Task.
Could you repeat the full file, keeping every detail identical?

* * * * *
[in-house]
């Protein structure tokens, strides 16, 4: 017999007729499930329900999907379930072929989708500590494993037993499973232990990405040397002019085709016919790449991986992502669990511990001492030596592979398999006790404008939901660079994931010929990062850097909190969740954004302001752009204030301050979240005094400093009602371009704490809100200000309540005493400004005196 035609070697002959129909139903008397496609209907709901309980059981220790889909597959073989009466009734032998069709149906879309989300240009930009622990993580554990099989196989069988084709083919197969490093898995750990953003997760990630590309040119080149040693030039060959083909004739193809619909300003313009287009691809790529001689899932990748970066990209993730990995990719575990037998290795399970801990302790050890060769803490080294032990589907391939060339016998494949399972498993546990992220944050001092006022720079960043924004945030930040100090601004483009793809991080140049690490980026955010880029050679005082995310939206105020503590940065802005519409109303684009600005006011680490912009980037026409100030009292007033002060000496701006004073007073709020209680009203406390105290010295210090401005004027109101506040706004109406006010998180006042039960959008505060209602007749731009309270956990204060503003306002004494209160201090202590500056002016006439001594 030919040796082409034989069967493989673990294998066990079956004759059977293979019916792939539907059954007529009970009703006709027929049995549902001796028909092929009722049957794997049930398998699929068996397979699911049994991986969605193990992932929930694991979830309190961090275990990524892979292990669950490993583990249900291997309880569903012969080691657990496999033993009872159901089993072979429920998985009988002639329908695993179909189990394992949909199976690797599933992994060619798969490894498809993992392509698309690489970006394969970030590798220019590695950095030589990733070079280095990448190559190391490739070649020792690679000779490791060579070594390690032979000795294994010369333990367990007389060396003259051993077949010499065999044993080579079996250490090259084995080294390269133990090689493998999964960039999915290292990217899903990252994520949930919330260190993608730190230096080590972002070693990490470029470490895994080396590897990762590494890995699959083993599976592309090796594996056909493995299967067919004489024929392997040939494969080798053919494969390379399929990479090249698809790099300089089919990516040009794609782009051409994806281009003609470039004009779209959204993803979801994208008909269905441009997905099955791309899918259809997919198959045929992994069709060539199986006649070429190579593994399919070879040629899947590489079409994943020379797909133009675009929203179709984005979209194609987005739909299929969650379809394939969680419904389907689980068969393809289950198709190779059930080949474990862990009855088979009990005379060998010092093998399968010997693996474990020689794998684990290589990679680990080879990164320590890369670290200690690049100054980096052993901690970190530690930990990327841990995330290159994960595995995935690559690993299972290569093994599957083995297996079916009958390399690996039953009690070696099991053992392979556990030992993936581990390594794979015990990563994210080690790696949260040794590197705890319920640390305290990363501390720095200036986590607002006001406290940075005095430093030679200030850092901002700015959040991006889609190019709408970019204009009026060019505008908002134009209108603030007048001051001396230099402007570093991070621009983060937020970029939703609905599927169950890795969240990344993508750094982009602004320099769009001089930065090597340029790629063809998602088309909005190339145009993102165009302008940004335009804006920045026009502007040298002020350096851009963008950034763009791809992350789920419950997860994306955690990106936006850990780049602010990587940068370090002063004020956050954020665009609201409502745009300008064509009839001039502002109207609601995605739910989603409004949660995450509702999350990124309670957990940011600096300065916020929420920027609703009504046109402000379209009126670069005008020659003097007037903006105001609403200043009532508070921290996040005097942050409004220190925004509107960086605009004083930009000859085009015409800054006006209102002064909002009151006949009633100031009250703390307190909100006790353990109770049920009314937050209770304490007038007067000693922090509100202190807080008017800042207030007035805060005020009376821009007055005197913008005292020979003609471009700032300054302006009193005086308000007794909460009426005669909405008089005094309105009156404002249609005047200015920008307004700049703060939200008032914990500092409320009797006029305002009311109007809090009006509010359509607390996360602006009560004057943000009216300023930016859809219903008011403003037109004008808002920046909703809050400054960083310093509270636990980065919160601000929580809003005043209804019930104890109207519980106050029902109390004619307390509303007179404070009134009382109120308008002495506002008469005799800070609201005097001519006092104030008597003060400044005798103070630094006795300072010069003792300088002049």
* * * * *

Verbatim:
[in-house]
């Protein structure tokens, strides 16, 4: 017999007729499930329900999907379930072929989708500590494993037993499973232990990405040397002019085709016919790449991986992502669990511990001492030596592979398999006790404008939901660079994931010929990062850097909190969740954004302001752009204030301050979240005094400093009602371009704490809100200000309540005493400004005196 035609070697002959129909139903008397496609209907709901309980059981220790889909597959073989009466009734032998069709149906879309989300240009930009622990993580554990099989196989069988084709083919197969490093898995750990953003997760990630590309040119080149040693030039060959083909004739193809619909300003313009287009691809790529001689899932990748970066990209993730990995990719575990037998290795399970801990302790050890060769803490080294032990589907391939060339016998494949399972498993546990992220944050001092006022720079960043924004945030930040100090601004483009793809991080140049690490980026955010880029050679005082995310939206105020503590940065802005519409109303684009600005006011680490912009980037026409100030009292007033002060000496701006004073007073709020209680009203406390105290010295210090401005004027109101506040706004109406006010998180006042039960959008505060209602007749731009309270956990204060503003306002004494209160201090202590500056002016006439001594 030919040796082409034989069967493989673990294998066990079956004759059977293979019916792939539907059954007529009970009703006709027929049995549902001796028909092929009722049957794997049930398998699929068996397979699911049994991986969605193990992932929930694991979830309190961090275990990524892979292990669950490993583990249900291997309880569903012969080691657990496999033993009872159901089993072979429920998985009988002639329908695993179909189990394992949909199976690797599933992994060619798969490894498809993992392509698309690489970006394969970030590798220019590695950095030589990733070079280095990448190559190391490739070649020792690679000779490791060579070594390690032979000795294994010369333990367990007389060396003259051993077949010499065999044993080579079996250490090259084995080294390269133990090689493998999964960039999915290292990217899903990252994520949930919330260190993608730190230096080590972002070693990490470029470490895994080396590897990762590494890995699959083993599976592309090796594996056909493995299967067919004489024929392997040939494969080798053919494969390379399929990479090249698809790099300089089919990516040009794609782009051409994806281009003609470039004009779209959204993803979801994208008909269905441009997905099955791309899918259809997919198959045929992994069709060539199986006649070429190579593994399919070879040629899947590489079409994943020379797909133009675009929203179709984005979209194609987005739909299929969650379809394939969680419904389907689980068969393809289950198709190779059930080949474990862990009855088979009990005379060998010092093998399968010997693996474990020689794998684990290589990679680990080879990164320590890369670290200690690049100054980096052993901690970190530690930990990327841990995330290159994960595995995935690559690993299972290569093994599957083995297996079916009958390399690996039953009690070696099991053992392979556990030992993936581990390594794979015990990563994210080690790696949260040794590197705890319920640390305290990363501390720095200036986590607002006001406290940075005095430093030679200030850092901002700015959040991006889609190019709408970019204009009026060019505008908002134009209108603030007048001051001396230099402007570093991070621009983060937020970029939703609905599927169950890795969240990344993508750094982009602004320099769009001089930065090597340029790629063809998602088309909005190339145009993102165009302008940004335009804006920045026009502007040298002020350096851009963008950034763009791809992350789920419950997860994306955690990106936006850990780049602010990587940068370090002063004020956050954020665009609201409502745009300008064509009839001039502002109207609601995605739910989603409004949660995450509702999350990124309670957990940011600096300065916020929420920027609703009504046109402000379209009126670069005008020659003097007037903006105001609403200043009532508070921290996040005097942050409004220190925004509107960086605009004083930009000859085009015409800054006006209102002064909002009151006949009633100031009250703390307190909100006790353990109770049920009314937050209770304490007038007067000693922090509100202190807080008017800042207030007035805060005020009376821009007055005197913008005292020979003609471009700032300054302006009193005086308000007794909460009426005669909405008089005094309105009156404002249609005047200015920008307004700049703060939200008032914990500092409320009797006029305002009311109007809090009006509010359509607390996360602006009560004057943000009216300023930016859809219903008011403003037109004008808002920046909703809050400054960083310093509270636990980065919160601000929580809003005043209804019930104890109207519980106050029902109390004619307390509303007179404070009134009382109120308008002495506002008469005799800070609201005097001519006092104030008597003060400044005798103070630094006795300072010069003792300088002049």